One of the threads led me directly to thoughts of my father, Albert Mark, who died soon after Hurricane Katrina in the fall of 2006. He was an extraordinary man. He was raised in the Orthodox movement, but having lost both parents at the tender ages of ten and fifteen, he became rebellious toward organized religion. He may have left organized religion behind, but he was spiritually and culturally Jewish until the day he died. He lived a fascinating life, full of mitzvot. His friends were like the knots on his shawl, and he supported every one of those he loved. He cheered on his four children, whom he called by his own made-up Yiddish/Russian nicknames: Carlsbad, Katarina, Rivkahla, and Andruskala. My only regret—and it was an odd one—was that we had not wrapped him in a tachrichim. He was not observant, but in my grief, I wished, as I touched the fringe of the tallis, for the comfort of the burial cloth.
In the rabbi’s lecture this Yom Kippur morning, she began by mentioning the Civil Rights Movement and the terrible exhibits that she and last year’s confirmation class had seen in Birmingham, Selma, and Montgomery. She talked about the horror of the exhibit of the black and white water fountains and wondered what contemporary exhibits of bigotry we would look back on centuries from now. I whispered to Mark: “She is going to come out in support of gay marriage. She is leading up to it.” And Mark nodded “Yes.”
At that moment, Rabbi Berk started talking about the hatred against gay people that spilled all over the web. And my heart just stood still. I did not expect this reaction. Gay people have been out in synagogues all over the world for four decades. I am fifty-six and I personally have been openly gay for thirty years. But this was my Rabbi, in New Orleans, with my family.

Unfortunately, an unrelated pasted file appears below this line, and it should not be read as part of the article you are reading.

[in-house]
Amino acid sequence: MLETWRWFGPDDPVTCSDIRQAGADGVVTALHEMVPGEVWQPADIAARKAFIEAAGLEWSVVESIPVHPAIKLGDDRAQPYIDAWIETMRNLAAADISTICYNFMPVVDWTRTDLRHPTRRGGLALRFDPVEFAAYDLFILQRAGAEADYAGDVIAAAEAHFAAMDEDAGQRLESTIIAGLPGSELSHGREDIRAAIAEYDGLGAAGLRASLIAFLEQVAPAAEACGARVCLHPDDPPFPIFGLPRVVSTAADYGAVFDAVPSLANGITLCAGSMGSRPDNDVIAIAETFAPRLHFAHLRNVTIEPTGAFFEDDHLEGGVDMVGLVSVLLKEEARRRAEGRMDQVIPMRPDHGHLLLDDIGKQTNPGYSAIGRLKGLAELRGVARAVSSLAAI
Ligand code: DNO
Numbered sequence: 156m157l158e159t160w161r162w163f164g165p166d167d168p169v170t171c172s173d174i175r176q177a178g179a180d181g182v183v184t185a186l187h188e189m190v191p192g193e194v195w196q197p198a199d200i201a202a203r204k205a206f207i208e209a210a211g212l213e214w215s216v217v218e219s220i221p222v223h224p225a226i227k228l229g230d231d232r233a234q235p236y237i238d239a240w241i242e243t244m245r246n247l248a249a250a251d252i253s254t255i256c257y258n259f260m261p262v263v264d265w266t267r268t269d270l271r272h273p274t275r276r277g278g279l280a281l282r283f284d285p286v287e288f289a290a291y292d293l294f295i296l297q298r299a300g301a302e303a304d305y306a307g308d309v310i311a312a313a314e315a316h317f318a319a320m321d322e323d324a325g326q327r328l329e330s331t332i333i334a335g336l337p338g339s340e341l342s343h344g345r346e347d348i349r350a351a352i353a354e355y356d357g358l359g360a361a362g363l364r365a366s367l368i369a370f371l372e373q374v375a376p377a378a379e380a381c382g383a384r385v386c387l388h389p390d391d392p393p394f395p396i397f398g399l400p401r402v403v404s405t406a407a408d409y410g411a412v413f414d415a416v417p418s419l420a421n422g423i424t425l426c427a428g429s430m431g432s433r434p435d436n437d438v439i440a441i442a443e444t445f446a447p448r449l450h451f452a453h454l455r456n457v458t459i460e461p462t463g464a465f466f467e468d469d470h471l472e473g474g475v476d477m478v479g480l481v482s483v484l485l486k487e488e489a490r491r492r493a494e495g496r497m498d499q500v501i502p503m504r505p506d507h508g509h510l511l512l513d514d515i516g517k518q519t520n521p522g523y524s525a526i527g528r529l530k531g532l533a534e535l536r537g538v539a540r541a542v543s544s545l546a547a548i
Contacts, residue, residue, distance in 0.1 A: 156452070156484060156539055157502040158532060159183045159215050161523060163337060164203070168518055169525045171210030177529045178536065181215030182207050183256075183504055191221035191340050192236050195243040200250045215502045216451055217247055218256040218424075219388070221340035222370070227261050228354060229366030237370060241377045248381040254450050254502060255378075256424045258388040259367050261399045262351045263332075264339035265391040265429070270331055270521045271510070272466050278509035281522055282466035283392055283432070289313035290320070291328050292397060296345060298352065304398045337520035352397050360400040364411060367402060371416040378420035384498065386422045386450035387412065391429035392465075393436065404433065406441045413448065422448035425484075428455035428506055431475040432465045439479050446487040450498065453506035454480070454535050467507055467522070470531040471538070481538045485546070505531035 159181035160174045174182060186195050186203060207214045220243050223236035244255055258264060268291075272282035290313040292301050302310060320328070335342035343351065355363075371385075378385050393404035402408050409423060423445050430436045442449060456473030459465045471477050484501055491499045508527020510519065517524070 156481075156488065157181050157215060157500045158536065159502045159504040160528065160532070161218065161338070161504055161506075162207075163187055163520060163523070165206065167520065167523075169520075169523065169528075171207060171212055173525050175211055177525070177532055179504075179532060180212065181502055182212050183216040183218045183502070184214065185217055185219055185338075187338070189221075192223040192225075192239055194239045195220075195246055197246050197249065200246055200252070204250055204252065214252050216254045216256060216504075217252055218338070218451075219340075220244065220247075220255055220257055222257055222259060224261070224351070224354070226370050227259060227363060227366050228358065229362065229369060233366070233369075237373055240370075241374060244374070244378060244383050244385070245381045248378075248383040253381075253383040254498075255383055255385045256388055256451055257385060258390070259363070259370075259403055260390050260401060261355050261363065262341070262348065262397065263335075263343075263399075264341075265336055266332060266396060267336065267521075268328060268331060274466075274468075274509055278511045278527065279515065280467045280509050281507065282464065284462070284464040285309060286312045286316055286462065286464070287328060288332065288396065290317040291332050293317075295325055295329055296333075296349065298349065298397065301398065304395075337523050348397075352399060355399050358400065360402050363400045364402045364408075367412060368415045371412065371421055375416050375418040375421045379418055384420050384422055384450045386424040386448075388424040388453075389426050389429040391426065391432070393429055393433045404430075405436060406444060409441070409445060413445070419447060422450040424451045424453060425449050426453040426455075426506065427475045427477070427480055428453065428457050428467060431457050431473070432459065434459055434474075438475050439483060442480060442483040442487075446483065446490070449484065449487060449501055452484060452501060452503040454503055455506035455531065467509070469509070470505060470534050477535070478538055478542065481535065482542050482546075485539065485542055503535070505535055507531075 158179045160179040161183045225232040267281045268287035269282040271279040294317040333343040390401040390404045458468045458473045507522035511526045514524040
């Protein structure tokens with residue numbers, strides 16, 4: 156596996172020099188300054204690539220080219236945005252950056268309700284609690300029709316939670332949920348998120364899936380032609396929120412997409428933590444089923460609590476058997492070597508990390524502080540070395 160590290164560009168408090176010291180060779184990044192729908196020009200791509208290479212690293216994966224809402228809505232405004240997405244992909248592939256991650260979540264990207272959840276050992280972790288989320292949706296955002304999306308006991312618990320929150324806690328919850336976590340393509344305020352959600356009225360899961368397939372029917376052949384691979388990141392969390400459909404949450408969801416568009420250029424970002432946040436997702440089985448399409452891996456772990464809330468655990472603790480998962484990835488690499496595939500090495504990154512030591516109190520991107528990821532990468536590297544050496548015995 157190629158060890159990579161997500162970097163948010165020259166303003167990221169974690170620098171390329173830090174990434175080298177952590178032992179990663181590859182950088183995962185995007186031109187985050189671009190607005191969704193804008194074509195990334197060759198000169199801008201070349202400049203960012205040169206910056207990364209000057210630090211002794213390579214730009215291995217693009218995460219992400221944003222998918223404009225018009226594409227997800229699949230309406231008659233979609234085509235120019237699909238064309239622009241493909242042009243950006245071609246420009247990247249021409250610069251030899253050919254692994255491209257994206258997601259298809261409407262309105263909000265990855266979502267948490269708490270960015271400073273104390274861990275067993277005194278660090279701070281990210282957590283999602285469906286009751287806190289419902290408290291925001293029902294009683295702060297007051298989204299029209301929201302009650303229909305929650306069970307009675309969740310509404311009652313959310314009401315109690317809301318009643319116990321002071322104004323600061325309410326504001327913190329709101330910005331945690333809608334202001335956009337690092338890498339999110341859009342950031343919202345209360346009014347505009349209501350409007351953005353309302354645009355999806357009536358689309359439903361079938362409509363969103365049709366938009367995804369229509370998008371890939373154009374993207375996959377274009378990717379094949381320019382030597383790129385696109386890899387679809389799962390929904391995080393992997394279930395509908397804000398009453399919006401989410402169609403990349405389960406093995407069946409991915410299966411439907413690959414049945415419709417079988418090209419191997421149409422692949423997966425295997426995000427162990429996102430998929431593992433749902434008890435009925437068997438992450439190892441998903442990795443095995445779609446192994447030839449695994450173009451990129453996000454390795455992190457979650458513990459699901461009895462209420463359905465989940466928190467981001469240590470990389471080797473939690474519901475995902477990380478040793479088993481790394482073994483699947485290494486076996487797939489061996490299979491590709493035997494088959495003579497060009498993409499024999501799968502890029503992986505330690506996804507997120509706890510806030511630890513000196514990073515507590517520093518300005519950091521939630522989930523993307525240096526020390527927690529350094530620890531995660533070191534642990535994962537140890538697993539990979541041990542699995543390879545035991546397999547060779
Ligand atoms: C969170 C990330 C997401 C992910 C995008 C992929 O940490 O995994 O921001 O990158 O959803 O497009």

The rabbi said that someday, many years from now, we will look back and be embarrassed about this country’s response to gay marriage, and she did not stop there. At that moment I saw the two lesbians who had been at Touro for as long as we had and they were crying. The rabbi continued. She promised to conduct gay marriages. She went on to say how impossible it would be to do everything exactly as it is written in the Torah, giving poignant and funny examples. She was strong, powerful, and political. I too started to cry. My teenage son didn’t hush me. He showed absolute respect. I knew that this public recognition of gay people’s lives was a moment I had been waiting for my whole life. I was so deeply grateful that it was Yom Kippur and appreciative to have the tallis over my shoulders.
I gave thanks to the rabbi and decided to stay in the synagogue for the entirety of the day. From the meditation and singing service, we moved to the chapel for the rabbi’s afternoon study group. We were reading the Torah portion that tells the story of Jonah. The rabbi led us away from conventional readings by pointing out the complexity of making the hero a disgruntled teenager who falls asleep in the hold of the boat going in the wrong direction, rather than initially acting on God’s commandment to warn the people of Nineveh that they should stop their evil ways or else risk being overthrown. Of course we all know the story: Jonah is thrown overboard after he confesses that he is the cause of the storm, he is swallowed by a big fish, and returns to follow God’s commandment and warn the people of Nineva. They repent instantly as if they are just waiting for him to come.
It seems that God is not as concerned about the Ninevites as God is about Jonah. God knows that something is missing in Jonah’s life. Throughout the reading, Jonah repeatedly says, “Let me die” and, “Throw me overboard.” All of a sudden, like a rushing in my ears, all I could see or hear was my friend’s child. He is nothing like Jonah, as he has a great big heart and loves so many people. But it was something else. I felt like we were both like the boy in the hold who was unable to wake up. I realized that in this passage, God is not the old white guy with the beard, whom I have never been able to pray to with any confidence. Instead, he is the concept of the Eternal. Not God, but life itself. L’chaim.